nScreenMedia OTT multiscreen media analysis

Traditional & new media approach 2nd screen in radically different ways


The 2nd Screen Summit at CES 2014
revealed the very different world views of traditional and new media. CBS Interactive opened the conference with TV interactivity and traditional monetization, while Machinima closed it with augmented gaming and micro-transactions.

Rob Gelick, SVP & GM Digital platforms at CBS Interactive, started the afternoon in conversation with Lindsey Turrentine of CNET. Mr. Gelick said that CBS has delivered 9 shows that include 2nd Screen companion content. He started out with a description of how Big Brother was providing classic interactivity with the use of polls delivered through tablets and smartphones.

However, the company is breaking new ground in two ways with the Big Brother Live app. Five cameras were mounted in various rooms of the house. For a monthly fee, a viewer could watch these five feeds, live, any time of the day or night. They could also discuss what they were seeing with other viewers through a private chat room. Apparently, this was a big hit with viewers. According to Mr. Gelick, there were 31 million comments posted during the show and 10 million hours of video live streamed.

Mr. Gelick also talked about how the company allowed viewers to actually influence the ending of an episode of Hawaii Five-0. The show producers shot three different endings to an episode (including changing the identity of the murderer) and asked viewers to vote for their favorite. The result of this was that the East and West coasts of the U.S. ended up seeing different endings for the same show. As Mr. Gelick said, “You’re going to a creative audience and asking them to be creative.”

Dawn Chmielewski, Entertainment/Technology Writer for the LA Times, closed out the day with an interview of Allen DeBevoise, CEO of Machinima. The company has just launched a new experience for Xbox One which includes an innovative new feature called Wingman. Mr. DeBevoise pointed out that gamers often get stuck in a game and turn to videos from Machinima to help them through difficult parts of the action. The company created Wingman to allow a gamer to watch these helper videos while they are playing the game. As Mr. DeBevoise put it: “It’s like playing the game with your buddy, who is better than you at the game, helping you through.” He said he thought this approach might work well for serialized dramas, particularly complex ones like Game of Thrones.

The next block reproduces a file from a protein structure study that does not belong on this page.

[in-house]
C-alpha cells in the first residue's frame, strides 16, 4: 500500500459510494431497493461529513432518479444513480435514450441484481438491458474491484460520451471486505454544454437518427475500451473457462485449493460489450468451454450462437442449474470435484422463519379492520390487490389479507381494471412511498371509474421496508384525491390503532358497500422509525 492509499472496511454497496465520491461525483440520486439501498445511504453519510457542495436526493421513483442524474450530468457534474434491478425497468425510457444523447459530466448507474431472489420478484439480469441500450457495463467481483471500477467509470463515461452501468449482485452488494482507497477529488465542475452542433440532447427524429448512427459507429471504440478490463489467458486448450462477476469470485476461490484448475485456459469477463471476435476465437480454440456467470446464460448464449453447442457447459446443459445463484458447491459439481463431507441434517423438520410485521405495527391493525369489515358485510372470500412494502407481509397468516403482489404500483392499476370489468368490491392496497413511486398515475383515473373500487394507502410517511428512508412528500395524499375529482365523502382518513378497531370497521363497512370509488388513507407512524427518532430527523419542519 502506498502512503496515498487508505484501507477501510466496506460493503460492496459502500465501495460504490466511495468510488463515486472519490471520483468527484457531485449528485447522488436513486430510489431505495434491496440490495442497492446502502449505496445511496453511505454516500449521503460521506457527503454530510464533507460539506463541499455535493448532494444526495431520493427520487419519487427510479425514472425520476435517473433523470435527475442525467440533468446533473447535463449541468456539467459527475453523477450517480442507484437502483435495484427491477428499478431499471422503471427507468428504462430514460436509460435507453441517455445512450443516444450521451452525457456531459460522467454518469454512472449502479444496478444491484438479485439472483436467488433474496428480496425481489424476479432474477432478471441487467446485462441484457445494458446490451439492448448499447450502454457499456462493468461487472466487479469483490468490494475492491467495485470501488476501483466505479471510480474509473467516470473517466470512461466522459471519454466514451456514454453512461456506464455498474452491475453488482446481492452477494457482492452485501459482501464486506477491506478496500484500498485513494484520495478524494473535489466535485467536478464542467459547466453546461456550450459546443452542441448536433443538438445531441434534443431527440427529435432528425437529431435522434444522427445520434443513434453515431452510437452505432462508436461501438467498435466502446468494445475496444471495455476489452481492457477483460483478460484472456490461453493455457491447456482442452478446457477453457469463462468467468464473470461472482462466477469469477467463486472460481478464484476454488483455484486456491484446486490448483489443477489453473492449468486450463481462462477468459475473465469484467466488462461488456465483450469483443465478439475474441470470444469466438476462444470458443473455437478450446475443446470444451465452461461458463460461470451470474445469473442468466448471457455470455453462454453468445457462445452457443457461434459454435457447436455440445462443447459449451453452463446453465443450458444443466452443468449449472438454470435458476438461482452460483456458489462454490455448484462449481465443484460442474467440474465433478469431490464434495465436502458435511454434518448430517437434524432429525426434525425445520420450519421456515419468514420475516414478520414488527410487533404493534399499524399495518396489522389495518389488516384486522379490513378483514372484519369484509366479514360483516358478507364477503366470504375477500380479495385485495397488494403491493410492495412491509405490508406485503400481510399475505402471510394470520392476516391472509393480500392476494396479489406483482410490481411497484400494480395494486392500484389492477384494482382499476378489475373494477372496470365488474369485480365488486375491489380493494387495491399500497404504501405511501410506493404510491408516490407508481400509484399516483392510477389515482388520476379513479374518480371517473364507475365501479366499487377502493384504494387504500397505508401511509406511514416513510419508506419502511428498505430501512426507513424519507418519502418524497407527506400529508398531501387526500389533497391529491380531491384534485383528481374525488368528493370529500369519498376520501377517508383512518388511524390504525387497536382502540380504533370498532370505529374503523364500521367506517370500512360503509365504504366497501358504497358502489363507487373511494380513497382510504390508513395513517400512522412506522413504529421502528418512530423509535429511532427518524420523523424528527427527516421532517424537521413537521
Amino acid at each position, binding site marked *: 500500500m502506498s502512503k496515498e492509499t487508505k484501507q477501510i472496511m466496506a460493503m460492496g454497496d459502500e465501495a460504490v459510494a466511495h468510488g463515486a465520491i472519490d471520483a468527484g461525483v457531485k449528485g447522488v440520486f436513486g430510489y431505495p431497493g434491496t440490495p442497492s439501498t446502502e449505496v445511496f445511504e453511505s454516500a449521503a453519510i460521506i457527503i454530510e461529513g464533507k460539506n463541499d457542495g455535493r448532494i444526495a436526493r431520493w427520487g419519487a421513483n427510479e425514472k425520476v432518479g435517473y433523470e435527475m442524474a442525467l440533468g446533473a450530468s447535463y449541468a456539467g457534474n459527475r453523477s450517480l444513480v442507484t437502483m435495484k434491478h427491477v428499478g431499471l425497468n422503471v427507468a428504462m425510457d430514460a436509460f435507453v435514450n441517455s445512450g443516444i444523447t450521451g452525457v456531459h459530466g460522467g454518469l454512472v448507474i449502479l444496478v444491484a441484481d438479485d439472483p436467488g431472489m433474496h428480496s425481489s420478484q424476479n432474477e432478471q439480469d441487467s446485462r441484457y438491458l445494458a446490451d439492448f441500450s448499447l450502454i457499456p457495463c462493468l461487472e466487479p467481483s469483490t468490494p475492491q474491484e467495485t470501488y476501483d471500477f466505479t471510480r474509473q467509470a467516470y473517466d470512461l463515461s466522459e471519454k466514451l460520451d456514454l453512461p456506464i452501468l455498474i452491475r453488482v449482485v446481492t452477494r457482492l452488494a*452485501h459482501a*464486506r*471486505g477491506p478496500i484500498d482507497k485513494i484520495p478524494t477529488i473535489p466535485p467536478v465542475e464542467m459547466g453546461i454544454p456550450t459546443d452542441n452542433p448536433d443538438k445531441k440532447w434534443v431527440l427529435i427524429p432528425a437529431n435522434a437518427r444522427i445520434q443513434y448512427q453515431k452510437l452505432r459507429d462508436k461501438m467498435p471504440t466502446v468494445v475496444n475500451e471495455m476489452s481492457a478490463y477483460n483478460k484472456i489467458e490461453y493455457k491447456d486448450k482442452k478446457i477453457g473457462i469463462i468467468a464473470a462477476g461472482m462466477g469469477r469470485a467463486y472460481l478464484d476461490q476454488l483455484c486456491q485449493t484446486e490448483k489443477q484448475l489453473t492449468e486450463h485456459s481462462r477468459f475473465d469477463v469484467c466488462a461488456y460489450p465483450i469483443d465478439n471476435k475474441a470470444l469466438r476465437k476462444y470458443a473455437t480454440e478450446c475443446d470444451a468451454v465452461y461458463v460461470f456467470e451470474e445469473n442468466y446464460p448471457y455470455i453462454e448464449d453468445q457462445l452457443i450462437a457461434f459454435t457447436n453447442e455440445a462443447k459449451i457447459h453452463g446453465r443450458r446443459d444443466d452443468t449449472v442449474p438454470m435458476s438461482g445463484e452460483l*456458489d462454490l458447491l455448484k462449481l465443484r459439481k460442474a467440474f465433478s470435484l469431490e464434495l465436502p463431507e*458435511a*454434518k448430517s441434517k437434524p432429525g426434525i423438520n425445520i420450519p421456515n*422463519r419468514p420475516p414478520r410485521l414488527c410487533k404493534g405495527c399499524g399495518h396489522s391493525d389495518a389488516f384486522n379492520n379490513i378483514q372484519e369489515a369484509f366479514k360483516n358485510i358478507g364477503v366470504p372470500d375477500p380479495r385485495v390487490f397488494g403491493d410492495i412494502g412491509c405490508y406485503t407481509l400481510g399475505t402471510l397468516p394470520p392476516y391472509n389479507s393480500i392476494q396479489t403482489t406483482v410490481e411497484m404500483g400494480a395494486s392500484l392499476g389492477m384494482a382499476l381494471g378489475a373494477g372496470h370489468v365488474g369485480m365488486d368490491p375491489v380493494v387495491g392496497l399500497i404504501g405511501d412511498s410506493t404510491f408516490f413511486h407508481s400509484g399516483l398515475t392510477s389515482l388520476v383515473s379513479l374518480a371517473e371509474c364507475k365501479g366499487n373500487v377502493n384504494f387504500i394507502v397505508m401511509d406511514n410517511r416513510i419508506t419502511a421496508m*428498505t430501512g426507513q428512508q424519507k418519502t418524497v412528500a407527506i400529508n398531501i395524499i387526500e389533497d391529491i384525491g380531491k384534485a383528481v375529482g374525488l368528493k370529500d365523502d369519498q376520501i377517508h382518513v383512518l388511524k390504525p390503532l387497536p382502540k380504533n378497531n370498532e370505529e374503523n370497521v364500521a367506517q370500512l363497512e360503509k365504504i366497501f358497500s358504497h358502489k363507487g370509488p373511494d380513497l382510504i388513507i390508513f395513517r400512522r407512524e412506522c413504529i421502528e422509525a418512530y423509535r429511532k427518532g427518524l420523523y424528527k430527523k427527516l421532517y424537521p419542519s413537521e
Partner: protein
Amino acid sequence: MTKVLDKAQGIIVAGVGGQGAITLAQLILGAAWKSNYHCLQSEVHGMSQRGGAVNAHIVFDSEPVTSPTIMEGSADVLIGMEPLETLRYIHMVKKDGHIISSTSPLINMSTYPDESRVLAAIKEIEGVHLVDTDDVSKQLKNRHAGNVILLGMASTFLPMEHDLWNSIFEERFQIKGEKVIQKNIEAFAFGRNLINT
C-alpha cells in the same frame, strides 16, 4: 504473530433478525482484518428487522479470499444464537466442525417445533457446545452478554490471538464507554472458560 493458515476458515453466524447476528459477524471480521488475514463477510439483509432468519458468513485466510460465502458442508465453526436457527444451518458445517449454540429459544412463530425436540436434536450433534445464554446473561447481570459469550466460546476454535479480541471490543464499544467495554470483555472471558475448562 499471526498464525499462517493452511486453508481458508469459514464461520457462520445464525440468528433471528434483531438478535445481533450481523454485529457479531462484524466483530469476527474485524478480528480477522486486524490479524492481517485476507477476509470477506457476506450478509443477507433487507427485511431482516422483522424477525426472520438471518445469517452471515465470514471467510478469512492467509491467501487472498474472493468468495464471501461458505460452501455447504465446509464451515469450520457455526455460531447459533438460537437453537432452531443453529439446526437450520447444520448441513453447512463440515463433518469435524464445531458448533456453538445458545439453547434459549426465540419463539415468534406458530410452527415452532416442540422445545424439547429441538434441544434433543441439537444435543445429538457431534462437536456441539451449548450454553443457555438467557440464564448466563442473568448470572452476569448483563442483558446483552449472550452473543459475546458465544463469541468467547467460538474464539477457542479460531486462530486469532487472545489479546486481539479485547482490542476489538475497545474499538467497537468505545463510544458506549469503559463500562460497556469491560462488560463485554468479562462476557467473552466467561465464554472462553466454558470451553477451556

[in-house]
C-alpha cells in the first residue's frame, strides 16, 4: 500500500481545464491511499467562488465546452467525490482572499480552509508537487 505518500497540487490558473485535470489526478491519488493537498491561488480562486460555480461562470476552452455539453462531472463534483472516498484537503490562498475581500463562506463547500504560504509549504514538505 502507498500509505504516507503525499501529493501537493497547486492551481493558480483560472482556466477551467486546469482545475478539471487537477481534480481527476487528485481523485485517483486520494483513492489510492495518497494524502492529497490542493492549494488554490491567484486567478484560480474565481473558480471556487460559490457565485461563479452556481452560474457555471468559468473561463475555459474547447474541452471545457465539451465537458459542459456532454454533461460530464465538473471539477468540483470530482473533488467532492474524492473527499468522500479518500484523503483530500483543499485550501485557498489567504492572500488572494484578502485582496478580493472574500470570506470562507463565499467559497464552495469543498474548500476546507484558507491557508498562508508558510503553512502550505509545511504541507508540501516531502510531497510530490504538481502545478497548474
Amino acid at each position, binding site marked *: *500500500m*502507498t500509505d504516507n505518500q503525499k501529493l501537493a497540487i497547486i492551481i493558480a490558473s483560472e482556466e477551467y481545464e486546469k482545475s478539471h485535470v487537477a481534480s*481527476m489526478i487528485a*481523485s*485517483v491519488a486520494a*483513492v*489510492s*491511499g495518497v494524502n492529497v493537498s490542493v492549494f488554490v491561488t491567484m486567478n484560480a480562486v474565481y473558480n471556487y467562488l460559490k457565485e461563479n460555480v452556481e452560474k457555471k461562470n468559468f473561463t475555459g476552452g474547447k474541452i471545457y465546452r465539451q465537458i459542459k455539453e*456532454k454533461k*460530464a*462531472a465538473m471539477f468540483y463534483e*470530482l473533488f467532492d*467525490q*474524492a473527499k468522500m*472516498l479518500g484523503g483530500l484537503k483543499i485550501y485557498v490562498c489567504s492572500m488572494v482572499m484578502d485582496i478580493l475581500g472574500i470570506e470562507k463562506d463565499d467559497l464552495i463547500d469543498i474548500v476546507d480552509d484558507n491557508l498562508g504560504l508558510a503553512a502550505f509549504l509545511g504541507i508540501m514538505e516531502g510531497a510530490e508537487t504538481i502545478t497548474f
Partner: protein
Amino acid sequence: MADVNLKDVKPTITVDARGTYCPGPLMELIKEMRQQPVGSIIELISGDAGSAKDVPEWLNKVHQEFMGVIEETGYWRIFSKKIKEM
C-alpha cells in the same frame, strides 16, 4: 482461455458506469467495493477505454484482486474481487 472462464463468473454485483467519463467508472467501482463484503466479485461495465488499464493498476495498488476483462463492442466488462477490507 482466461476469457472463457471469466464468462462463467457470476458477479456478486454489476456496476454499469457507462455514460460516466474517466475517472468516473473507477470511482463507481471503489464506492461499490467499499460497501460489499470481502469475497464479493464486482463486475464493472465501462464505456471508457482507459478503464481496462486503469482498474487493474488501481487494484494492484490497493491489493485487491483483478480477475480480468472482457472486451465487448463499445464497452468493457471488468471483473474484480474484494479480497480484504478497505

140107 Machinima Wingman Machinima is also exploring a quite different approach to CBS Interactive in monetizing content. Much of Machinima’s audience is in the 16-24 year-old age group. These individuals often do not have a credit card, so setting up a subscription model is difficult. The company is looking into micro-transactions for its short form content. This would leverage the existing billing relationship with the mobile carrier, which is already set up to handle transactions of a few pennies at a time.

Why it matters
The 2nd screen is receiving increasing attention from both mainstream and new media companies as mobile penetration deepens.

Mainstream media is looking to the 2nd screen to help deepen the viewer’s relationship to traditional television, and monetize through traditional models.

New media is taking 2nd screen content and moving it to the television, while employing innovative monetization models.

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